Public education got some unexpected attention Sunday night when John Oliver asked viewers watching the Emmys to make #DCPublicSchools trend on Twitter.

Oliver had been inspired by comedian Dave Chappelle, who shouted out the school system he attended before he announced an award winner. Within a minute of Oliver’s request, the hashtag was officially trending.

Most of the tweets had nothing to do with schools in Washington, D.C.

Here are a few that did, starting with this pitch-perfect one from the official D.C. Public Schools account:

Oliver’s surreal challenge was far from the first time that the late-show host has made education a centerpiece of his comedy — over time, he has pilloried standardized testing, school segregation, and charter schools.

Nor was it the first education hashtag to take center stage at an awards show: #PublicSchoolProud, which emerged as a response to new U.S. Education Secretary Betsy DeVos, got a shoutout during the Oscars in February.

And it also is not the first time this year that D.C. schools have gotten a surprise burst of attention. The Oscars were just a week after DeVos drew fire for criticizing the teachers she met during her first school visit as secretary — to a D.C. public school.

Startup Support

Diverse charter schools in New York City to get boost from Walton money

PHOTO: John Bartelstone
Students at Brooklyn Prospect Charter School in 2012. The school is one of several New York City charters that aim to enroll diverse student bodies.

The Walton Family Foundation, the philanthropy governed by the family behind Walmart, pledged Tuesday to invest $2.2 million over the next two years in new charter schools in New York City that aim to be socioeconomically diverse.

Officials from the foundation expect the initiative to support the start of about seven mixed-income charter schools, which will be able to use the money to pay for anything from building space to teachers to technology.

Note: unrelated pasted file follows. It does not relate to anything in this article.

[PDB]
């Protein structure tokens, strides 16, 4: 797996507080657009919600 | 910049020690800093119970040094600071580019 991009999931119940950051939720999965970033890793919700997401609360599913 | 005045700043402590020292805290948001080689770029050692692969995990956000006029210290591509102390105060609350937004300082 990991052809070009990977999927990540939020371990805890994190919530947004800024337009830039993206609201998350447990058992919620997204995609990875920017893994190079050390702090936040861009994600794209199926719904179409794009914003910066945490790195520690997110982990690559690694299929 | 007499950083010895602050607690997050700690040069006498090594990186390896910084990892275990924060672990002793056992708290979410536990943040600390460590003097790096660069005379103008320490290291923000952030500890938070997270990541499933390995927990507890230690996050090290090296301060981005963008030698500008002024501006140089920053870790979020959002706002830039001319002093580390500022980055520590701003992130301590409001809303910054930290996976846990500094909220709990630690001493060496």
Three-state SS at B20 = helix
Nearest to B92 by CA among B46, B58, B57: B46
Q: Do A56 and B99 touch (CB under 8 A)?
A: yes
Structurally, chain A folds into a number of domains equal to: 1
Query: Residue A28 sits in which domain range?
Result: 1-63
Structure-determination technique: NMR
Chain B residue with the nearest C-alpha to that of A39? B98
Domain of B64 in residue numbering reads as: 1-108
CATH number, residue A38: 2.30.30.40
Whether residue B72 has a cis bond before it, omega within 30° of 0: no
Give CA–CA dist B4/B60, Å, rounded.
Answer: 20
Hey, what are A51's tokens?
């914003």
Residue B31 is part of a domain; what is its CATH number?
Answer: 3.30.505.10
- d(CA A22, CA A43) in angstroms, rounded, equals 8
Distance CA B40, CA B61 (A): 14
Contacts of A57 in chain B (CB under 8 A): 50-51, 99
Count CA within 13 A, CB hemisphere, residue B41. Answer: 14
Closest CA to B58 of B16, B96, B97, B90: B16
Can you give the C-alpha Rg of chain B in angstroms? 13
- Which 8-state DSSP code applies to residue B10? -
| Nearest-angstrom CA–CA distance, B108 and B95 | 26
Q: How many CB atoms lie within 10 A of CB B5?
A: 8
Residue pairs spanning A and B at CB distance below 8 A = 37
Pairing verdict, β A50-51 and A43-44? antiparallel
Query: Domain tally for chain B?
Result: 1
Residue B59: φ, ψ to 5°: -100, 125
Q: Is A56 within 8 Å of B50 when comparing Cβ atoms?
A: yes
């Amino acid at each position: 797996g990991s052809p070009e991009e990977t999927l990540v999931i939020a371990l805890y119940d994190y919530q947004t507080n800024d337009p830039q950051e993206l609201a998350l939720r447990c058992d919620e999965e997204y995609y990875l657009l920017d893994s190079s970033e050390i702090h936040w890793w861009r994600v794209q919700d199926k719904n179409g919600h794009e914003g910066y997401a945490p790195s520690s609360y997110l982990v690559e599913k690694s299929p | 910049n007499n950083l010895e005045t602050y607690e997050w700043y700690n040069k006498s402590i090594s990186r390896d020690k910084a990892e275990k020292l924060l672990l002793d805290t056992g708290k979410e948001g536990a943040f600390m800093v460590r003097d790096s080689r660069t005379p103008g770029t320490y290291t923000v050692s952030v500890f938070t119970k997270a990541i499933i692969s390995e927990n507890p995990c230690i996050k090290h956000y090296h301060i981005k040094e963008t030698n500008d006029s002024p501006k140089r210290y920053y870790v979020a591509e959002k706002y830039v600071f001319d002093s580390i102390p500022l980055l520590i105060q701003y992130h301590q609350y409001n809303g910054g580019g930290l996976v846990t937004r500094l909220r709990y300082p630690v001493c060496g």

The effort reflects a growing interest in New York and beyond in establishing charter schools that enroll students from a mix of backgrounds, which research suggests can benefit students and is considered one remedy to school segregation.

“We are excited to help educators and leaders on the front lines of solving one of today’s most pressing education challenges,” Marc Sternberg, the foundation’s K-12 education director and a former New York City education department official, said in a statement.

Walton has been a major charter school backer, pouring more than $407 million into hundreds of those schools over the past two decades. In New York, the foundation has helped fund more than 100 new charter schools. (Walton also supports Chalkbeat; read about our funding here.)

Some studies have found that black and Hispanic students in charter schools are more likely to attend predominantly nonwhite schools than their peers in traditional schools, partly because charter schools tend to be located in urban areas and are often established specifically to serve low-income students of color. In New York City, one report found that 90 percent of charter schools in 2010 were “intensely segregated,” meaning fewer than 10 percent of their students were white.

However, more recently, a small but rising number of charter schools has started to take steps to recruit and enroll a more diverse student body. Often, they do this by drawing in applicants from larger geographic areas than traditional schools can and by adjusting their admissions lotteries to reserve seats for particular groups, such as low-income students or residents of nearby housing projects.

Founded in 2014, the national Diverse Charter Schools Coalition now includes more than 100 schools in more than a dozen states. Nine New York City charter groups are part of the coalition, ranging from individual schools like Community Roots Charter School in Brooklyn to larger networks, including six Success Academy schools.

“There’s been a real shift in the charter school movement to think about how they address the issue of segregation,” said Halley Potter, a senior fellow at the Century Foundation, a think tank that promotes socioeconomic diversity.

The Century Foundation and researchers at Teachers College at Columbia University and Temple University will receive additional funding from Walton to study diverse charter schools, with the universities’ researchers conducting what Walton says is the first peer-reviewed study of those schools’ impact on student learning.